Not really, no.
For a long time now, I have truly been unable to fathom the "disappointment" with President Obama. (At least from my fellow lefties.)
I think he's well on track towards having the best presidency since FDR's. (Yes, I think he's probably been a better president than the great Harry Truman.)
In terms of the positive side of the ledger:
1) The stimulus.
Sure, it should have been bigger... But whatever the critics now say, it did what it was supposed to do and saved us from a second Great Depression. (Don't believe me? Take a look at James Surowiecki's brilliant Financial Page essay in the New Yorker last month.)
Yes, this was technically born in the Bush administration but President Obama took control of the program, and instituted it in much smarter ways than the previous administration. Half of the TARP funds were doled out under President Obama, and he used it to save (and restructure) the auto industry. Without his leadership on this, rust belt states would be suffering even more than they are now. (I also don't feel like it's necessary to give Bush any props on this -- it's a little like trying to give credit to the guy who lends you a hose after he burnt half your house down.)
3) The Financial Reform bill.
The largest overhaul of the financial industry since the Great Depression. This is a bill that will put hundreds of billions of dollars in waste back in the hands of consumers, not banks and credit card companies. A landmark piece of legislation.
The biggest piece of domestic legislation since the Great Society... Something that will truly change America for the better. (Not to mention reduce the deficit by $100 billion over the next decade.) This was the Xmas wish that every liberal was waiting for... and we got it.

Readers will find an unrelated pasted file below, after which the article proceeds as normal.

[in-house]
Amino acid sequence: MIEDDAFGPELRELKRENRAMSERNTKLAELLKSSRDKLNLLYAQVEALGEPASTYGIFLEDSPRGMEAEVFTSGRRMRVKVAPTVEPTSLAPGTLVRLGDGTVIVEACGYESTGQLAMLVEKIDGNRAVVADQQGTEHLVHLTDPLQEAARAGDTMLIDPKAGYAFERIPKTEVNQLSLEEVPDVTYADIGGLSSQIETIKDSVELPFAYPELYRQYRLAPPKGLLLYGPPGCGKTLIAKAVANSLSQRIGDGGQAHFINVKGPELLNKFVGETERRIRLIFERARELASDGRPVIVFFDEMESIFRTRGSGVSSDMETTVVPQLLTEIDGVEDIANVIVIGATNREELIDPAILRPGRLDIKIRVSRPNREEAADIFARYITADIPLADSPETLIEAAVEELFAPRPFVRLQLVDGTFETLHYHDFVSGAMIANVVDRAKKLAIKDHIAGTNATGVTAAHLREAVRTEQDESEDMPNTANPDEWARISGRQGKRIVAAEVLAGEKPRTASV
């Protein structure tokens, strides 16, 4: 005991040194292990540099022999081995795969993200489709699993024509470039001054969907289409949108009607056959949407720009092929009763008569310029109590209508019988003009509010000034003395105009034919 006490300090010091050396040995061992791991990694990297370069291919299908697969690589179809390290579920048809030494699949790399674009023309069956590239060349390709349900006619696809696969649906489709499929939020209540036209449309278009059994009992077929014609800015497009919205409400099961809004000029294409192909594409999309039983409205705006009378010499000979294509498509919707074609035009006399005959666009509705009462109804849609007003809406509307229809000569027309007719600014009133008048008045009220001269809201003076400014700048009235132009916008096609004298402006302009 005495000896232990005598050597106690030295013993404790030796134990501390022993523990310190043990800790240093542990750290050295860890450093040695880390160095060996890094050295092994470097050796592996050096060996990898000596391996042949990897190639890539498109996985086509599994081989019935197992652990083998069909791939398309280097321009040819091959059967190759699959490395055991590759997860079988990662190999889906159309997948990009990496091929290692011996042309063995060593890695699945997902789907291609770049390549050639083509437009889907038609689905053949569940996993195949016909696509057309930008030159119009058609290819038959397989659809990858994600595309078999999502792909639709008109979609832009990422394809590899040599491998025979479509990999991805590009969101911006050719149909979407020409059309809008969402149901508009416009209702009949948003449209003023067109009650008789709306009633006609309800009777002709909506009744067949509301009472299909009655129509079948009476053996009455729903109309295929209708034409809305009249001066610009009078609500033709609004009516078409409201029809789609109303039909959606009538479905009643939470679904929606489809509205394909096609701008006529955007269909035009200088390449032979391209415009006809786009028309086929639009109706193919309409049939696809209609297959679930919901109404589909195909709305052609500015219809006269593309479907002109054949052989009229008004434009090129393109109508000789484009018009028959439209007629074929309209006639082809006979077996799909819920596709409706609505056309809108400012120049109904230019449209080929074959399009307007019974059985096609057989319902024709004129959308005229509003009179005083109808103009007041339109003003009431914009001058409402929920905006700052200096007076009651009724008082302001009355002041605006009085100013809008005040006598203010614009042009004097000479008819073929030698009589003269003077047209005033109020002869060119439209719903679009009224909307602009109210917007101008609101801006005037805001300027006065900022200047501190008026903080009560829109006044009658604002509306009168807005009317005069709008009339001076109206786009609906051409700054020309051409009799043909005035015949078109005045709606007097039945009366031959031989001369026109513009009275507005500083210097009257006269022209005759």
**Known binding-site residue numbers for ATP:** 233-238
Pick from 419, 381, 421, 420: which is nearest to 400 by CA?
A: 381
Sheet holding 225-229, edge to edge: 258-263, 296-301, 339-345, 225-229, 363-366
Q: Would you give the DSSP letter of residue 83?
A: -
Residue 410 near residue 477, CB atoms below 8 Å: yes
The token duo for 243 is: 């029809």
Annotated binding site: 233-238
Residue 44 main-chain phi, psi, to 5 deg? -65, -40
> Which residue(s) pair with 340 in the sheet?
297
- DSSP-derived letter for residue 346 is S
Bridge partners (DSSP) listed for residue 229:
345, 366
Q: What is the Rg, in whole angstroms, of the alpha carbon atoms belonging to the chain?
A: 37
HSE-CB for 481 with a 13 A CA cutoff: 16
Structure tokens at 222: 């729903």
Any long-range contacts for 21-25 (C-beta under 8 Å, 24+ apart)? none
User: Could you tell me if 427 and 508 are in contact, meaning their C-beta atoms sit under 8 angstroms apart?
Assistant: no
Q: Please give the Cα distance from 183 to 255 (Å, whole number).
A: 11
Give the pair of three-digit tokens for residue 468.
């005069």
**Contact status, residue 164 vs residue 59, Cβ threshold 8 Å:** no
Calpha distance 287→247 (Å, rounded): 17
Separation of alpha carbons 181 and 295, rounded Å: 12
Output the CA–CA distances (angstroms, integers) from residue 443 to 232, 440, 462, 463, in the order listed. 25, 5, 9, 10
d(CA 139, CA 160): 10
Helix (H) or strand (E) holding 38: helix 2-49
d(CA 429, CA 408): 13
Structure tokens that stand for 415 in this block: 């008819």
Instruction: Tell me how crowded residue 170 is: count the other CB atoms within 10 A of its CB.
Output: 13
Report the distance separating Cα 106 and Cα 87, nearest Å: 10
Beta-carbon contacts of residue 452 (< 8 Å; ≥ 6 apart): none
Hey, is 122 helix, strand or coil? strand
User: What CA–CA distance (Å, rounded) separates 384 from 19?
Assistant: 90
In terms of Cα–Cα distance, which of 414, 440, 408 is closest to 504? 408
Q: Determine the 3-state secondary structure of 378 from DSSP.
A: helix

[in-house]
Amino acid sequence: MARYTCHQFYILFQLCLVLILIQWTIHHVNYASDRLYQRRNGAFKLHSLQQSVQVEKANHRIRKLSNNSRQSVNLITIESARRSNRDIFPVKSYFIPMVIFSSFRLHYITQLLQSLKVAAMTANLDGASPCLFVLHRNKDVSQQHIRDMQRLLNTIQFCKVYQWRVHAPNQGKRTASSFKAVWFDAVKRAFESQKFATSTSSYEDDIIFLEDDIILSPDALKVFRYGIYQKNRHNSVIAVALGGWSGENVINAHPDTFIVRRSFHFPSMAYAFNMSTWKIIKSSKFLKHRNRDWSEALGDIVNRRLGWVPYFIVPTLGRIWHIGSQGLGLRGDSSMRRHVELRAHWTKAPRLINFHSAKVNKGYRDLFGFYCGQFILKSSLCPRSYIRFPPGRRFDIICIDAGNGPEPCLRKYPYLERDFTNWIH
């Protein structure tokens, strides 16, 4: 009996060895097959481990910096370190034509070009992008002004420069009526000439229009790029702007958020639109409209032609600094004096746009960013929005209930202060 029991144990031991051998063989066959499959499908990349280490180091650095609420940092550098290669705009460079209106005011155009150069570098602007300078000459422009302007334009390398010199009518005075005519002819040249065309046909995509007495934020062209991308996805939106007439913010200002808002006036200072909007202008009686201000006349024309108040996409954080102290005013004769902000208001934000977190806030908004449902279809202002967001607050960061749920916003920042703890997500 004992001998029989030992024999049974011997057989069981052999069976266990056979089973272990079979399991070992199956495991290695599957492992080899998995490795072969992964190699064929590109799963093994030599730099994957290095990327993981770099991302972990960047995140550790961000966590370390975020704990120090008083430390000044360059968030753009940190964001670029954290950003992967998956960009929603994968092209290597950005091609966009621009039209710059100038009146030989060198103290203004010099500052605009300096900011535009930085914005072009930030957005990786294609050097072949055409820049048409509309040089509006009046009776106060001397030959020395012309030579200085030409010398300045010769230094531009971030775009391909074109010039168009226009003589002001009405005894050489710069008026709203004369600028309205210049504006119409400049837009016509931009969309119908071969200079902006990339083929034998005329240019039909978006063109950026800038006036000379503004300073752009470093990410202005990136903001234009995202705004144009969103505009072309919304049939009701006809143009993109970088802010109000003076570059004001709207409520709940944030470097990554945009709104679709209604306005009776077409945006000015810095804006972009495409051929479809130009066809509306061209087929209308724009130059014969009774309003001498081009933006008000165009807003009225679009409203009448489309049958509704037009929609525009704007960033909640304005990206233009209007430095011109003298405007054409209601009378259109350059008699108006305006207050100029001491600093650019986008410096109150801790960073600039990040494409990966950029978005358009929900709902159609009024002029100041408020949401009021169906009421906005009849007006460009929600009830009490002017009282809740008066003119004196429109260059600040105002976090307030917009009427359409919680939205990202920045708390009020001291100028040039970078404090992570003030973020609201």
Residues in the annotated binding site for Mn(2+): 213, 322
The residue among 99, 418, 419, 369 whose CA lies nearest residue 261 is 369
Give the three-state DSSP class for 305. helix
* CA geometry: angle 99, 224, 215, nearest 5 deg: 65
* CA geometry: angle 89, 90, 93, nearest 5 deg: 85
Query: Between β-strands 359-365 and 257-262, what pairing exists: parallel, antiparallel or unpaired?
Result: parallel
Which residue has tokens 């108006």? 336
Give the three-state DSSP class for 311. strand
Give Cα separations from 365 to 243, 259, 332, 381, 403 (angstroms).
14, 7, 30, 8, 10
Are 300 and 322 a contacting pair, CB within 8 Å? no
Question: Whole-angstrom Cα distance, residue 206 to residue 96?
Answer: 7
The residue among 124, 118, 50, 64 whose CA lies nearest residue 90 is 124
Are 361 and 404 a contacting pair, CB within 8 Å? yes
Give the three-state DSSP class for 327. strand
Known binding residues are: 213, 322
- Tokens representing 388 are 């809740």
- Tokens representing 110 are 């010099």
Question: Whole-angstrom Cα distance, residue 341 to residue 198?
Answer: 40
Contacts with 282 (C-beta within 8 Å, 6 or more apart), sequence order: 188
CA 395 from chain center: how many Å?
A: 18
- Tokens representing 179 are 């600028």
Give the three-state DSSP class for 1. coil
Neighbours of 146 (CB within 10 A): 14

This is not even mentioning education, making college loans cheaper, and the hundreds of other problems that the administration has been dealing with (quite well, in my mind).
So why the hell all the glum faces?!
There are a few major pieces of unfinished business: Immigration, for example, has not been dealt with yet. (But I suspect that's an instance in which the President will pick off a couple of sensible Republicans after election fever dies down.) Moreover, the administration hasn't gotten to where I'd like to see it in Foreign Policy (however, that's an incredibly tough needle to thread... and he certainly hasn't been 1/100th as awful as George W. Bush.)
... but just because these things are unfinished does not mean that they are dead and buried. I suspect that all of these things will be dealt with either in the second half of this term, or early in his second term.
But, OK, if you're looking to take potshots, I'll give you one area of disappointment and substantive criticism of the President and the 111th Congress: I think they've dropped the ball on climate change.
Ryan Lizza has a terrific piece about this in last week's New Yorker. It's a little inside baseball, but it looks like there was a real opportunity to reduce our carbon emissions, and that opportunity went straight out the window. And this is not necessarily because of Republican obstructionism, either: Lindsey Graham and a few other moderates were willing to cut a deal. As were the monster right wing lobbying firms -- including the Chamber of Commerce. (I was sort of shocked to read that.)
This was a case of a political failure -- and President Obama deserves some of the blame. It's well worth the read. (The funniest part of the article is when Joe Lieberman tries to take credit for something Graham wanted in the bill: He calls the American Trucking Association to tell them that the bill includes $8 billion for a new highway fund. Instead of thanking him, they asked him for double the amount.)
I suppose you never know -- this might come back. But right now this doesn't look very good. And it's not a problem that can wait much longer.
That being said, President Obama's still a rock star.